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How to farm big watermelons

Amos Morori harvests watermelons on his farm along River Kerio in Elgeyo Marakwet County. [Kevin Tunoi, Standard]

The watermelon is a sweet juicy nutritious fruit that is rich in vitamins C, A and B6 and minerals good for human health. It helps in controlling blood pressure, healthy skin and boosting the immune system.

Farming watermelons is one of the profitable ventures that bring in huge returns with minimal investment and within a very short time.

Watermelons are mainly composed of water and usually eaten raw with a ready market in Kenya.

According to online publication, Greenlife Crop Protection greenlife.co.ke, watermelon farming requires minimal management practices and does well mostly in the hot regions of Kenya.

Carol Mutua from the Department of Crops, Horticulture, and Soils, Egerton University says watermelons do well in fertile loamy or sandy well-drained soils that are rich in nutrients and slightly acidic.

The PH level should range from 6.0 to 6.8.

They require optimum rainfall for adequate water supply though a farmer may practice irrigation to maintain the moisture during the dry season.

Popular varieties of watermelons entail hybrid seeds such as Sukari F1, Zuri F1, Lahat F1, Kubwa F1, Sweet Rose F1, and Charleston grey, the Sugar Baby and Crimson Sweet.

The most popular variety in Kenya in high demand is the Sukari F1 for its early maturity, sweetness, and freshness and has bigger, heavier fruits.

Hybrid seeds are preferred as they produce better yields and are resistant to diseases.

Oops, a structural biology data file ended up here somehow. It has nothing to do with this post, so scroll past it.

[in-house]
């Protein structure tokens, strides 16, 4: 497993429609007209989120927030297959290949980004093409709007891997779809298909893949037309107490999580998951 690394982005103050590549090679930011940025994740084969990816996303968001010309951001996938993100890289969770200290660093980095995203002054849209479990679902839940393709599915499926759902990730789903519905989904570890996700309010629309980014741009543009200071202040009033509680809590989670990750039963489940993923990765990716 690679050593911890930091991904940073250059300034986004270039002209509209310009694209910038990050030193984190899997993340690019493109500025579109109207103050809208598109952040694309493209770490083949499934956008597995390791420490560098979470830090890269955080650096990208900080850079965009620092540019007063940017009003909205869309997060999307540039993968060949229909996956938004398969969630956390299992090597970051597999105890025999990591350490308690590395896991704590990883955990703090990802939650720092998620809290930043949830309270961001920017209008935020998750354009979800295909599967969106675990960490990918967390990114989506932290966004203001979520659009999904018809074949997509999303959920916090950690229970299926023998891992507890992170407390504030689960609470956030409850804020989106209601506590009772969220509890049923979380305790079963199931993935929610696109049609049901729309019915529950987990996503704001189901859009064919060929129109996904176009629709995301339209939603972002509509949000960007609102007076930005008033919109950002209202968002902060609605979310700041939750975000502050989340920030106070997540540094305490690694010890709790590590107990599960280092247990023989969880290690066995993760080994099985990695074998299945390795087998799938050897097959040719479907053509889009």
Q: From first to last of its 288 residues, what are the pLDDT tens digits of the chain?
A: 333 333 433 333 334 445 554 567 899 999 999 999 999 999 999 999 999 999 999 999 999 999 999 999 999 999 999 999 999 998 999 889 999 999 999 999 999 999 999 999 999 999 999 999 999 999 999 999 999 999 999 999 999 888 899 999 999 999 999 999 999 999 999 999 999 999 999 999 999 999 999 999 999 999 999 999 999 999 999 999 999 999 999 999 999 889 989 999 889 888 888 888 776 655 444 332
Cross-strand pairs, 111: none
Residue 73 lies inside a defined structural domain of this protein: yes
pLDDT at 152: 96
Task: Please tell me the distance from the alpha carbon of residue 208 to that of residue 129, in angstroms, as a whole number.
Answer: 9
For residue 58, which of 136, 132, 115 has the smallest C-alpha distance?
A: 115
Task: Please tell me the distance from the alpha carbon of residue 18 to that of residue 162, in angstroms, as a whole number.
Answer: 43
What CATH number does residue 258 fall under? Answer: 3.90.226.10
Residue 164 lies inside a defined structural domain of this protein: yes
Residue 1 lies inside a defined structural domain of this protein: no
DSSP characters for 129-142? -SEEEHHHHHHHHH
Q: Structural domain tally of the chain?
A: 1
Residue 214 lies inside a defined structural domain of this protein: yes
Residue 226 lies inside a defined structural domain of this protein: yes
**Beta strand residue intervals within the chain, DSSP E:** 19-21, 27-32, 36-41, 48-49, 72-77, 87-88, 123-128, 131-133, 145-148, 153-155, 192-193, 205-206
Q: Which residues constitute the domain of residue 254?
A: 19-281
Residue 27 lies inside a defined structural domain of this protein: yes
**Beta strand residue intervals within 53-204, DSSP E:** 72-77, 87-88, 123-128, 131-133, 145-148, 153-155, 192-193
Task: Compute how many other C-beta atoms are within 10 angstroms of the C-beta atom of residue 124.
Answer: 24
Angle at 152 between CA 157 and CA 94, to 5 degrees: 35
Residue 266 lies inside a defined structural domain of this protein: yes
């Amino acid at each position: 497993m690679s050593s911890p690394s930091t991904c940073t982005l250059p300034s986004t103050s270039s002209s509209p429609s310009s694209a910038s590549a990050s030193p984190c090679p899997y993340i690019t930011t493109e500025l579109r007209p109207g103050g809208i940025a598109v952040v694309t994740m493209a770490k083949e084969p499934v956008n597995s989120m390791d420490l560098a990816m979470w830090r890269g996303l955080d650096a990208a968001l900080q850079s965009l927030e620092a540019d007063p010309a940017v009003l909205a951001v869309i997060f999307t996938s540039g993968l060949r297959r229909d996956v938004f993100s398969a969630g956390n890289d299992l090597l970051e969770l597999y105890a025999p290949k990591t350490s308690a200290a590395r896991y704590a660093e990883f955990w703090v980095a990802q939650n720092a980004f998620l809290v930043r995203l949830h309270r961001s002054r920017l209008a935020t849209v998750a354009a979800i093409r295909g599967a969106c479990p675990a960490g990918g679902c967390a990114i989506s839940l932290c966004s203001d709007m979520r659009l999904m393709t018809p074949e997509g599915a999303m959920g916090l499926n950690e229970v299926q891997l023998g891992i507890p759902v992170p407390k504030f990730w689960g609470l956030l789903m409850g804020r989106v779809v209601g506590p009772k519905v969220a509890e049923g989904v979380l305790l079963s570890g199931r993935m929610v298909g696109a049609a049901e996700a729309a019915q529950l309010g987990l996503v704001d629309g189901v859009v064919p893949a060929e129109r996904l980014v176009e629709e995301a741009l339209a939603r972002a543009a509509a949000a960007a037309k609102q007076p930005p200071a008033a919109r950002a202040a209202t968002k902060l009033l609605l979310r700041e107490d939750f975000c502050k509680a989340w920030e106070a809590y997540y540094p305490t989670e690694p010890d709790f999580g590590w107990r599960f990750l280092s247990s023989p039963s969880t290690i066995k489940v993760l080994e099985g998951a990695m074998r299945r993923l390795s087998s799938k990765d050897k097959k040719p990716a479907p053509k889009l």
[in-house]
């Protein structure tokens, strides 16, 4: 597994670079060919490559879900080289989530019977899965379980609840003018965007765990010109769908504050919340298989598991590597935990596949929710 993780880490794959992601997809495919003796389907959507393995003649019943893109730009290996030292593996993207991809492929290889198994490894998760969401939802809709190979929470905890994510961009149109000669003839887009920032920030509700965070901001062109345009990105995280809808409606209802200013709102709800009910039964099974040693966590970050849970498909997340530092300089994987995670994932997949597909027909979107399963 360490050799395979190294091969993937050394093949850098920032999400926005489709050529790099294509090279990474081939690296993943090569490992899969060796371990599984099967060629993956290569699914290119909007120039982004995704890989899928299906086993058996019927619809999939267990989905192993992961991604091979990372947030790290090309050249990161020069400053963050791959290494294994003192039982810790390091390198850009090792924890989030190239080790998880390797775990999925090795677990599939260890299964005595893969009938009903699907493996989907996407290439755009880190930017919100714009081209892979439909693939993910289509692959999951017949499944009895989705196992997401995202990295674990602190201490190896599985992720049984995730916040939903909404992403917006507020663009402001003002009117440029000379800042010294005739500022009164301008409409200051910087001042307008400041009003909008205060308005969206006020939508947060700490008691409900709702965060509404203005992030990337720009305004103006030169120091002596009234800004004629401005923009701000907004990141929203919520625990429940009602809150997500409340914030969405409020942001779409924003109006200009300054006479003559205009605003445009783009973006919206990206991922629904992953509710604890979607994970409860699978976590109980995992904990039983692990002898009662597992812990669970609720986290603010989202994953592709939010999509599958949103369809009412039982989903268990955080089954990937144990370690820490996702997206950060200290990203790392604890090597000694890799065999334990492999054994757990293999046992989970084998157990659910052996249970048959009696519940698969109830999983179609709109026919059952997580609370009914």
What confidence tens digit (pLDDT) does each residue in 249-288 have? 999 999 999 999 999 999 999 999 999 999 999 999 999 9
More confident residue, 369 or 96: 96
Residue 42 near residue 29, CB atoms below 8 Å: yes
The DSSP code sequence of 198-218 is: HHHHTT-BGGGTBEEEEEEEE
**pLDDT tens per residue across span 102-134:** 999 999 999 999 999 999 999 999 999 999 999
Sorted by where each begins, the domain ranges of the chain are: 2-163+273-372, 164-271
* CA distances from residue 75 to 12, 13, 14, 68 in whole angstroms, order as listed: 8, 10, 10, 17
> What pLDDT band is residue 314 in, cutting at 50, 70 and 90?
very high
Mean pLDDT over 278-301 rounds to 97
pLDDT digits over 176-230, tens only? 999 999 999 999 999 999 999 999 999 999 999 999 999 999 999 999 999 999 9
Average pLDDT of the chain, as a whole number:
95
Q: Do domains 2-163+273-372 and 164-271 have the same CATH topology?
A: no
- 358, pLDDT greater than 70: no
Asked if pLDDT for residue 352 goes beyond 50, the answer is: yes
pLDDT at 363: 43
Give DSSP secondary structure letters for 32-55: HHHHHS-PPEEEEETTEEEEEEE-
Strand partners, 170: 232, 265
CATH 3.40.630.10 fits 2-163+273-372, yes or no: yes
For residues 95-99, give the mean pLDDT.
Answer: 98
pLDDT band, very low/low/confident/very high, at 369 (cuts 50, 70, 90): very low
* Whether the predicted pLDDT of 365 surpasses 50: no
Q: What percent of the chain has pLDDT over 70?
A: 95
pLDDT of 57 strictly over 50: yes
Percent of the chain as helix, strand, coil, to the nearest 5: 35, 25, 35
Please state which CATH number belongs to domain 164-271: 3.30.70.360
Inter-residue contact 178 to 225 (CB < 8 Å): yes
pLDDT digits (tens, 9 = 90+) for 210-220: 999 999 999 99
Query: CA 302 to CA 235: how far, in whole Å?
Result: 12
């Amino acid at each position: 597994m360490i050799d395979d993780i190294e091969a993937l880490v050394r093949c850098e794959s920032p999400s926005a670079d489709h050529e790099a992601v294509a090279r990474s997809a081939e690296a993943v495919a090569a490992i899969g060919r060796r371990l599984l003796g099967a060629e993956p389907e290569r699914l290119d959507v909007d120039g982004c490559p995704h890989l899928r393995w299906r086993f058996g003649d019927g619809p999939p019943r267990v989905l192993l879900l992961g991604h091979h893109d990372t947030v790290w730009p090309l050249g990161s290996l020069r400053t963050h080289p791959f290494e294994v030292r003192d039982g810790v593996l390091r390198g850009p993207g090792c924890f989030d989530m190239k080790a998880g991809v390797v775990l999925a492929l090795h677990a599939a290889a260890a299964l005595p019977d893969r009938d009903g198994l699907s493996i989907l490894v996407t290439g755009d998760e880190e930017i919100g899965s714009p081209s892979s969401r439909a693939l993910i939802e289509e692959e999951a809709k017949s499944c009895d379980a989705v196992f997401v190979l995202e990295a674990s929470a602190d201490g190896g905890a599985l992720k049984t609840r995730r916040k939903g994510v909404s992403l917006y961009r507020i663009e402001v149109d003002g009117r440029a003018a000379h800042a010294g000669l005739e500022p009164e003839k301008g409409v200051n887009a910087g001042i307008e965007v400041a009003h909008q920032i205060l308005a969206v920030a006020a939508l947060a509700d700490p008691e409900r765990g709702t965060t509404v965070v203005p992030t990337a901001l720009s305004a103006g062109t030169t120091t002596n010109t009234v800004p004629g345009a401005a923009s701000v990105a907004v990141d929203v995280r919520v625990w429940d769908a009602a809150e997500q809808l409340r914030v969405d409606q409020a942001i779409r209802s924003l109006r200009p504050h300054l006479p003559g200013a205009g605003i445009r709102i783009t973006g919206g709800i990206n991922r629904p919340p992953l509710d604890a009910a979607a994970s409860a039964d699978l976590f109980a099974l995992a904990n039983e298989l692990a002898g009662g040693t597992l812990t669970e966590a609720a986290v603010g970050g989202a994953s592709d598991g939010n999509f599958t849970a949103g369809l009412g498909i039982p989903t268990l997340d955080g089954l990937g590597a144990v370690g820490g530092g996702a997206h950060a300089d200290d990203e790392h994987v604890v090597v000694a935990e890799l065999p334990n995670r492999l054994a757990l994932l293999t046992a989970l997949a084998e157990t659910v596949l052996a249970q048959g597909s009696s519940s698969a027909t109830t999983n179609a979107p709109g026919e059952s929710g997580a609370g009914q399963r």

The seeds germinate in seven days and take three to four months to grow to maturity.

Watermelons require a lot of water, warmth and adequate space to grow.

Temperatures should range from 15 to 30 degrees Celsius with altitudes of up to 1500 metres with lowlands being the best.

Watermelons seeds are planted directly to the soil with a recommended spacing of 1.5 metres between the rows and one metre between the crops.

Watermelons vines spread all over the ground. Mulching should only be done when the vines are fully grown to avoid worms’ infestation.

Mulching helps save on water and adds soil nutrients on decomposing.

Watermelons make use of bees for pollination however hand pollination can also be practiced.

A regular top dressing of fertilisers is necessary for maximum yields. Nitrogen is required to prevent the leaves from turning yellow.

Carol adds that Phosphorus and potassium both if required should also, be applied at the time of planting.

Drip irrigation can be used in areas with inadequate irrigation to save on water with irrigation producing the best melons.

Livestock manure should be added to soils with little organic matter to boost fertility.

A farmer should remember to weed out for the watermelons not to compete for nutrients, water and sunlight and shelter pests and diseases lowering yields.

A fully grown mature watermelon can weigh up to 12 kilograms.

Watermelons' hard outer cover protects it from most pests and helps in its preservation to stay longer making harvest losses fewer.

Watermelons are known to be ready for harvesting when they develop a light coloured patch at the bottom, tendrils dry up and the outer lid becomes harder and less colourful.

Common pests that attack watermelons include spider mites, leaf miners, aphids, cucumber beetle caterpillars and thrips.

Diseases known to affect watermelon farming entail powdery mildew, leaf spots, blight, fusarium wilt, downy mildew, mosaic, damping off and anthracnose.

Pests and diseases can be controlled by the use of insecticides, pesticides, and fungicides.

After harvesting Greenlife Crop Protection greenlife.co.ke notes that watermelons should be handled with care as they are highly delicate prone to breakages and bruising with falling and tossing.

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